Township of Elizabethtown-Kitley – Leeds and Grenville United Counties in Ontario, Canada

June 27, 2024

Township of Elizabethtown-Kitley

An Eastern Ontario Township Where Rural Beauty Meets Urban Progress


Providing just what its residents need with an eye to future growth

In the heart of Ontario, the township of Elizabethtown-Kitley, home to approximately 10,000 residents and 4,000 homes, stretches from the banks of the St. Lawrence River almost to Smiths Falls. Covering 550 square kilometers, this community offers a welcoming blend of populous suburban areas, and rich agricultural landscapes- a contrast to the high density of the neighboring city of Brockville.

Mayor Brant Burrow describes, “As you drive out of Brockville and start heading north, it’s sort of difficult to discern exactly where the border is. But over two or three minutes of driving, you realize that something has changed, yet it’s still fairly densely populated. And then it just gradually thins out and thins out as you head north.” Along with spectacular scenery and open spaces, the township also features several small hamlets and a range of outdoor recreational amenities, including its beloved summer swim program at a natural swimming hole, a nostalgic and cherished local attraction that has drawn families for over 50 years.


Community and Commercial Growth

Leslie Drynan, Township Administrator and Clerk oversees economic development initiatives in consultation with the township’s economic development committee. Highlighting the importance of small businesses, Drynan says, “We don’t have a lot of chain-type developments. We have a lot of small trade construction, plumbing, HVAC, and then a lot of home businesses related to crafting, agriculture, preserves, the farming industry, and baking.”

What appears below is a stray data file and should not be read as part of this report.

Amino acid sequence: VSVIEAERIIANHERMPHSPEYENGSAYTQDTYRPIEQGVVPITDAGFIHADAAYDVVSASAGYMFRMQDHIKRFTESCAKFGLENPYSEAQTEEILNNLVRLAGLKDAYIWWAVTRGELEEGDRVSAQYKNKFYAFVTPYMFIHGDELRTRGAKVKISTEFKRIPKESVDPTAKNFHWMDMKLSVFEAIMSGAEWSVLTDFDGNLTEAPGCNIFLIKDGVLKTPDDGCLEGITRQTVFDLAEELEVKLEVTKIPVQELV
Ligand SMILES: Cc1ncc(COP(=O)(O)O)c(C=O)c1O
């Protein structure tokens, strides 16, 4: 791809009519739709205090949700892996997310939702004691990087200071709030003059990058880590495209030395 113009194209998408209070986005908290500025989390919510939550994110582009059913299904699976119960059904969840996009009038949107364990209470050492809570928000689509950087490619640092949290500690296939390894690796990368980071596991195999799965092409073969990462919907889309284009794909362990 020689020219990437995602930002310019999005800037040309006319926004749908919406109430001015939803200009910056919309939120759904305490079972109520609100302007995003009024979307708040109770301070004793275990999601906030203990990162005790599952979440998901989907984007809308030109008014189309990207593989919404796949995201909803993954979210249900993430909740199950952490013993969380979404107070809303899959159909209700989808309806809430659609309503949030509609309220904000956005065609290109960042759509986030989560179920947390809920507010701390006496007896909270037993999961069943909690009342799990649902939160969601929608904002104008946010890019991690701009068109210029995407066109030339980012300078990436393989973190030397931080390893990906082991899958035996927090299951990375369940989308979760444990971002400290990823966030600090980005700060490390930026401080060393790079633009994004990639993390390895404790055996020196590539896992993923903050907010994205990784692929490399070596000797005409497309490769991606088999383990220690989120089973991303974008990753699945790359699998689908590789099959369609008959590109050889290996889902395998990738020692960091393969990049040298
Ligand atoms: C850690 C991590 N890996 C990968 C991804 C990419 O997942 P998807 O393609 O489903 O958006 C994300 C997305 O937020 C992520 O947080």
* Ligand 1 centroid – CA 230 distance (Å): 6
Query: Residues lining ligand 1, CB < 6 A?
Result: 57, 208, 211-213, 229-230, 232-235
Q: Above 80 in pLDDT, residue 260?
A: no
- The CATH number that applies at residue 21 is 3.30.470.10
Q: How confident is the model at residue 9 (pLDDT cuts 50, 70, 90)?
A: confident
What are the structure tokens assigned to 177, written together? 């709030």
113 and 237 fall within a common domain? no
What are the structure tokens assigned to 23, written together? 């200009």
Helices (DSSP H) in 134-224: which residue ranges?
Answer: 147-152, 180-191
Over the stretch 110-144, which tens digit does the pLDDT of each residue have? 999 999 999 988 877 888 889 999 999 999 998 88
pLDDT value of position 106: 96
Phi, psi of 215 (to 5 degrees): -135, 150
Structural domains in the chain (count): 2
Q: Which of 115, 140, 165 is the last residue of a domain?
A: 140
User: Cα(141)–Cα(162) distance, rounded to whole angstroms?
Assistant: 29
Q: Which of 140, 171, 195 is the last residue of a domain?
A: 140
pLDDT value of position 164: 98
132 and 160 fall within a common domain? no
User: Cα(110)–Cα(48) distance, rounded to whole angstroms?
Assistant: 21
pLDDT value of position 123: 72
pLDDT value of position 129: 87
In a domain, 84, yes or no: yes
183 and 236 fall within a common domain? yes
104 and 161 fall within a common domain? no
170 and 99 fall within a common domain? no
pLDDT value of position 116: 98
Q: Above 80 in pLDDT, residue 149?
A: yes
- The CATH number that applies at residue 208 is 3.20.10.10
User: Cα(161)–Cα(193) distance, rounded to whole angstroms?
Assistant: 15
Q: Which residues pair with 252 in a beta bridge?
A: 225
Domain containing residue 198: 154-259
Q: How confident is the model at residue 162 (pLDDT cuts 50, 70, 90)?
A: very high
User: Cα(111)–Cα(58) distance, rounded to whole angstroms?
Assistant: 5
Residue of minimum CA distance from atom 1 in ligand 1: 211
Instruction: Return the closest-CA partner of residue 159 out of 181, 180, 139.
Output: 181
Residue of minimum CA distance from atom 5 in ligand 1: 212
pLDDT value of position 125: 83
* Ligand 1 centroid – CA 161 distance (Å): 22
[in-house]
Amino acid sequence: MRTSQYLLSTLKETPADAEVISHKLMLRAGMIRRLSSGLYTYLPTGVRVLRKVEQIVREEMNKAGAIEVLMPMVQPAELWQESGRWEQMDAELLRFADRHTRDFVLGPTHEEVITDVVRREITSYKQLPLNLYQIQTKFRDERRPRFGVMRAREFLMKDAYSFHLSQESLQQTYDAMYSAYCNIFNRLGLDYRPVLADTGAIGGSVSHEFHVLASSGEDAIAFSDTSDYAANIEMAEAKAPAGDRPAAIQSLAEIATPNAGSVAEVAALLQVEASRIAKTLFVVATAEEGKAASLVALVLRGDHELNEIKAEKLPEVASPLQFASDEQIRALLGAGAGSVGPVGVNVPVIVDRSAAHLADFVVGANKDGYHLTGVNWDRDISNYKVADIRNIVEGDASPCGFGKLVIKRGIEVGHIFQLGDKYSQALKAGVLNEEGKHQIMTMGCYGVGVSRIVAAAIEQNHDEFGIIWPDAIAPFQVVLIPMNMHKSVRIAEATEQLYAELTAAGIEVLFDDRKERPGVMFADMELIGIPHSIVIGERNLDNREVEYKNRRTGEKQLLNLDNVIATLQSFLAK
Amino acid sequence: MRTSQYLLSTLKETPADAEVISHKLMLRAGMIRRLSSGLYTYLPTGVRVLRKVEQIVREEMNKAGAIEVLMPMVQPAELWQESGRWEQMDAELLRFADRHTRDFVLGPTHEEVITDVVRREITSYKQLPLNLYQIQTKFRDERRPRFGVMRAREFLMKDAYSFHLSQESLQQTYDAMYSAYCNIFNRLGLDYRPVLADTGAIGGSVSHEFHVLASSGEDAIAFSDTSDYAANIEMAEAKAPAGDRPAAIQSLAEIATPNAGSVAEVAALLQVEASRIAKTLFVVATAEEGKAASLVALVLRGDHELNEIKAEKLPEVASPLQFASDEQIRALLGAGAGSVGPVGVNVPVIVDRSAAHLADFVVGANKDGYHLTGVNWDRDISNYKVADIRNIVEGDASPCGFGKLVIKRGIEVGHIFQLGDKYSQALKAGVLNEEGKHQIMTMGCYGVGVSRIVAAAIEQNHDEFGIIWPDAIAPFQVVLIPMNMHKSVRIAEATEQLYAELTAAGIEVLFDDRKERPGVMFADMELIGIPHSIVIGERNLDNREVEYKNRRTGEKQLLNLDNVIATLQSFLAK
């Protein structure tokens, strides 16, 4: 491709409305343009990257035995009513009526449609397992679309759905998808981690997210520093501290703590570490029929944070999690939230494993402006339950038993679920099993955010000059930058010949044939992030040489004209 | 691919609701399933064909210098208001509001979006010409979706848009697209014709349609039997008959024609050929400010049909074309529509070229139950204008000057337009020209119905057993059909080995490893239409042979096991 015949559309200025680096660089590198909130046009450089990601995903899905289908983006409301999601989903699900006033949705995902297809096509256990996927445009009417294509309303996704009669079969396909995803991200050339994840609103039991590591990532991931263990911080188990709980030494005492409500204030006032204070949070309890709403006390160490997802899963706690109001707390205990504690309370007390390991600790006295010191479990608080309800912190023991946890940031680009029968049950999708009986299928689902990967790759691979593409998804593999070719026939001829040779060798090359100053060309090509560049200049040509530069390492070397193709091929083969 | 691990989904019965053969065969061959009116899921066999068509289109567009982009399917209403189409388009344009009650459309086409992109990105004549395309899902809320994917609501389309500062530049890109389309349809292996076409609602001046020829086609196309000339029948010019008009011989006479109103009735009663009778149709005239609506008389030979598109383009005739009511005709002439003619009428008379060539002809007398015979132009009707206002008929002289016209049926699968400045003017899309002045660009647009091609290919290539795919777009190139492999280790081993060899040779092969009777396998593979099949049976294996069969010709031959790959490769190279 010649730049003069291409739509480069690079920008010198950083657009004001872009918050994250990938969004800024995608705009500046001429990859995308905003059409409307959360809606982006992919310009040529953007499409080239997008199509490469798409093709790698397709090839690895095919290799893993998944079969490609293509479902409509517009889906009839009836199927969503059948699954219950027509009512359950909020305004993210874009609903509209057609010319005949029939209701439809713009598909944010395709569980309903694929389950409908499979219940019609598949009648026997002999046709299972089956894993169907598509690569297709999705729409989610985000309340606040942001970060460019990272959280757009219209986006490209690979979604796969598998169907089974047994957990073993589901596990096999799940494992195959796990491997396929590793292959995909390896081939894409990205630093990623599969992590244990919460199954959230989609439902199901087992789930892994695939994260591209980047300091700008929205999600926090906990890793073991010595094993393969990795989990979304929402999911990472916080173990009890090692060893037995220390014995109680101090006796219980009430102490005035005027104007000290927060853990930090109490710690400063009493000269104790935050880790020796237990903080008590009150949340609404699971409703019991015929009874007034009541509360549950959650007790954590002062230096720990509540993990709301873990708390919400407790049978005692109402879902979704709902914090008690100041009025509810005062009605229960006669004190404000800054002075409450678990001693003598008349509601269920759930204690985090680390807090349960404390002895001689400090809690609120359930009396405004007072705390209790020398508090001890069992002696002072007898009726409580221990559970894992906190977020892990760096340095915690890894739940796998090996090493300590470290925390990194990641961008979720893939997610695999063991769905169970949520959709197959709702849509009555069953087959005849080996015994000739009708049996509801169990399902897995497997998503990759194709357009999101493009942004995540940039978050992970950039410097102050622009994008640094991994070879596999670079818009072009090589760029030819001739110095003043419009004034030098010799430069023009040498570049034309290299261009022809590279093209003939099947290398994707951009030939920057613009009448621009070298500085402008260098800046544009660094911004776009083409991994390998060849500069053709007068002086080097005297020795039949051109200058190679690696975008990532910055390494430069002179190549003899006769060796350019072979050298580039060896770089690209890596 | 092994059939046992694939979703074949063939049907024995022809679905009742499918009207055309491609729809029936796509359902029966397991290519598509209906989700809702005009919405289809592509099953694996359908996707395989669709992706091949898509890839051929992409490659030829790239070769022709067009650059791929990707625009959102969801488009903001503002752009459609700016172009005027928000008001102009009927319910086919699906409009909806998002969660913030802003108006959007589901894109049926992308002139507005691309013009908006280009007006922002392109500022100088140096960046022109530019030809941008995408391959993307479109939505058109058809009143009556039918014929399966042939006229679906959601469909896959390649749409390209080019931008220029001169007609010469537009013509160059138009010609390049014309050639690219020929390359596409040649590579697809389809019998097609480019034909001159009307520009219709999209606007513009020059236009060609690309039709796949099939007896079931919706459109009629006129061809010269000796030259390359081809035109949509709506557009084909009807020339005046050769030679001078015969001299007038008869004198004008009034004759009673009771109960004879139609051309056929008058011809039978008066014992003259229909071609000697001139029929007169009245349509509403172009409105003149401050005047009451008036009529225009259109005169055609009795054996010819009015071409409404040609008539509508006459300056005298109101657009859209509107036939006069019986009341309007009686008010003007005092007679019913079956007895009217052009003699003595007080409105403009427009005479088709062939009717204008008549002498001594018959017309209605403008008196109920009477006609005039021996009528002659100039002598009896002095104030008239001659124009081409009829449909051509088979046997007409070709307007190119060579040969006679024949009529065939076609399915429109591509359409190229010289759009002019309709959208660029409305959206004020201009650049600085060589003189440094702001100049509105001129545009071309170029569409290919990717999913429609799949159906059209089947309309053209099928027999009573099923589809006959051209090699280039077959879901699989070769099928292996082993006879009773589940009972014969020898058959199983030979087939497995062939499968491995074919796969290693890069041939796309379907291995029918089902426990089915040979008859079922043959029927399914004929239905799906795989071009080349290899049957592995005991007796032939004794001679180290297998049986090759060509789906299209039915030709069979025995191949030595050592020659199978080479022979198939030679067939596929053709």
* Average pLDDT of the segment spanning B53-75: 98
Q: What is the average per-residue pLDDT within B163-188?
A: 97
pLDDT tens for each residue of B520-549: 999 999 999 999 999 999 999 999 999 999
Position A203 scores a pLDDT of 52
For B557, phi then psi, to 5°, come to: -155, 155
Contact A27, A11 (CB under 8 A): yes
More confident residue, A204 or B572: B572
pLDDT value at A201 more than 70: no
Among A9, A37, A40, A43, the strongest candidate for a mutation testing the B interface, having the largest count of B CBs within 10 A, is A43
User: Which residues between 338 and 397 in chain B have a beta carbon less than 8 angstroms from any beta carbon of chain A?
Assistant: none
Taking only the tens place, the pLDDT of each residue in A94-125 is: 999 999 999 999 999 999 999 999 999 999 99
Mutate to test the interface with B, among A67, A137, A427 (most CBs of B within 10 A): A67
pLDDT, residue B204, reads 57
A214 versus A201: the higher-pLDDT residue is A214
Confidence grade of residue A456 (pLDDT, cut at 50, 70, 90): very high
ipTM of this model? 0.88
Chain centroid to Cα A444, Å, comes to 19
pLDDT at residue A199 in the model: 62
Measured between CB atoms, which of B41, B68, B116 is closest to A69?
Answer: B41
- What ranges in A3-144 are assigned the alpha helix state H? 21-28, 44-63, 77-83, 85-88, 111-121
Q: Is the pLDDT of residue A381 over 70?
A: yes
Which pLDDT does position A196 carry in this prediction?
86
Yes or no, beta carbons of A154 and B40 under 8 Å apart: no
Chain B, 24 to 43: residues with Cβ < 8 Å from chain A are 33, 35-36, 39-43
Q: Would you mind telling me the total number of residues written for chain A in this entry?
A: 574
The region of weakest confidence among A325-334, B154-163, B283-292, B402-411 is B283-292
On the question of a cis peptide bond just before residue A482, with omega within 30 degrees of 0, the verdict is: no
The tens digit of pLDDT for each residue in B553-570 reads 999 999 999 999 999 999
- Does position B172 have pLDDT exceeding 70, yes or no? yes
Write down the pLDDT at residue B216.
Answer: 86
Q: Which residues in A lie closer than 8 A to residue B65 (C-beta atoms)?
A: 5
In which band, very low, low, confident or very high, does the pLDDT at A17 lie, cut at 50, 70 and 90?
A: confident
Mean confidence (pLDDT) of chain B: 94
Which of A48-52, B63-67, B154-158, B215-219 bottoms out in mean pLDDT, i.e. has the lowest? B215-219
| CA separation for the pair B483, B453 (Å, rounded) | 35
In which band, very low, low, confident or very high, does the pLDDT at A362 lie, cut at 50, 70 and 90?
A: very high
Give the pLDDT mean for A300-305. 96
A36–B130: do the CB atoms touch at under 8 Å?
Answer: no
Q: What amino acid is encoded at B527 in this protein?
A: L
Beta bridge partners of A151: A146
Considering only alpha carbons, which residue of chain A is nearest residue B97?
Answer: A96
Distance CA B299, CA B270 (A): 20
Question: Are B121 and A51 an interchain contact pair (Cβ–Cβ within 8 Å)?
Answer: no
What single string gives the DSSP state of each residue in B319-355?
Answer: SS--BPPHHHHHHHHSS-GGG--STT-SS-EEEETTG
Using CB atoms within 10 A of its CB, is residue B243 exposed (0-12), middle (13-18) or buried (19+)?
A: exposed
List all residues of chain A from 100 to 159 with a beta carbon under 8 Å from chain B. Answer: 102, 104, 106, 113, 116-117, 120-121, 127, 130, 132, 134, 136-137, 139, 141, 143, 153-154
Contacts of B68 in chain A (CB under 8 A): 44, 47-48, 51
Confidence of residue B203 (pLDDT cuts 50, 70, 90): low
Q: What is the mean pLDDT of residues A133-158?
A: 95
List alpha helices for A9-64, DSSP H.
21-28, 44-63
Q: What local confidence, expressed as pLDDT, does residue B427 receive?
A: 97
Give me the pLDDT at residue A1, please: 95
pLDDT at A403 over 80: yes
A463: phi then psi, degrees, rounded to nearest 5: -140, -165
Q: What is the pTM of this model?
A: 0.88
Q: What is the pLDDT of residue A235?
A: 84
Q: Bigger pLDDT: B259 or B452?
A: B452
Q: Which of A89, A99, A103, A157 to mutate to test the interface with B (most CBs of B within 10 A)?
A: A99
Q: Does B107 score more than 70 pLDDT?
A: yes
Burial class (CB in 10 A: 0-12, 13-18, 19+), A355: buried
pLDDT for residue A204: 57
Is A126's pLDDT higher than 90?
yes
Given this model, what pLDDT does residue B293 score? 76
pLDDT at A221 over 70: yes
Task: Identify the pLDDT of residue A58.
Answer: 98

“We have a fairly active artisan community as well,” adds Mayor Burrow, sharing that local shops like Kitley Grocery and Chit Chat Convenience are also integral parts of the community. “Kitley Grocery is a real hub. It’s a gas station, it’s a grocery store, it’s a deli counter, and they have an LCBO agency there now,” he portrays. “And just a couple of years ago, a convenience store opened in another large hamlet called Lyn. They offer ice creams, they just got a pizza oven, and they did a tree lighting this Christmas. So, we’re seeing a lot of personality come back to some of our Hamlets. There seems to be a little bit of a resurgence and renaissance going on.”

A significant commercial asset is the township’s 100-acre business park which primarily serves small and medium enterprises, due to its reliance on well and septic systems. “Although we colloquially refer to it as our industrial park, it’s not like we have heavy manufacturing there. We have one or two large operations. But certainly, that’s a feature of our inventory,” says Burrow. He notes that the business park was utilizing only half of its capacity until three years ago when a push to sell the remaining lots began. “They went very quickly,” he recounts. “In six months, we entertained offers, and we had sold out the other half of the business park.”